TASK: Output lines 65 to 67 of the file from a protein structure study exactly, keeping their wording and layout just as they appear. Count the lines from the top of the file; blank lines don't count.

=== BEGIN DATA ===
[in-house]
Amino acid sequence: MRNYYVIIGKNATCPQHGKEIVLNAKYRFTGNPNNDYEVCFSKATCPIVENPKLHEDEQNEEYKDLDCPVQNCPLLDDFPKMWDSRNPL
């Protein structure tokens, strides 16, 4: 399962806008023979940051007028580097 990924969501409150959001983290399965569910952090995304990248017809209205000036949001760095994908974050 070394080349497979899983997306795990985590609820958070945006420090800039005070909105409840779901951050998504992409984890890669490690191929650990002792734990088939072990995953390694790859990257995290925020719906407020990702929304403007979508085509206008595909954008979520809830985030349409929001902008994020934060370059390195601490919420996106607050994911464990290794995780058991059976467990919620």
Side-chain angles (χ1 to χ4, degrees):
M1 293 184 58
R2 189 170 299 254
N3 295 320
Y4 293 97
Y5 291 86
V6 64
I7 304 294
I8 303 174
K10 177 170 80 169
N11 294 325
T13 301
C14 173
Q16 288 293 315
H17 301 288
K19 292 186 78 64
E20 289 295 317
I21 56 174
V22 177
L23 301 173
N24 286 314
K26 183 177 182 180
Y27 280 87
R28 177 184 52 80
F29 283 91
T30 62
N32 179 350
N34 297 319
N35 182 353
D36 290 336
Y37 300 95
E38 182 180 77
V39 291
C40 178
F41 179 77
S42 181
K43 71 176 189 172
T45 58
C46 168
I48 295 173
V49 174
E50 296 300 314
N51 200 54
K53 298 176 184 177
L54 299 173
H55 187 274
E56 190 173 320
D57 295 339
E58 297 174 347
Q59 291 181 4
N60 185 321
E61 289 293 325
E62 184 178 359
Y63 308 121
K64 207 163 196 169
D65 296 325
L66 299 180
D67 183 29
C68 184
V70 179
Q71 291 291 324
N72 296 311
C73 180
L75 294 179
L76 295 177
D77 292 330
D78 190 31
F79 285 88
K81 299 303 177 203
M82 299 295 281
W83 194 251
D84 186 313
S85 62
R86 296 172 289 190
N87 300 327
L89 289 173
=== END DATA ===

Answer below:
N72 296 311
C73 180
L75 294 179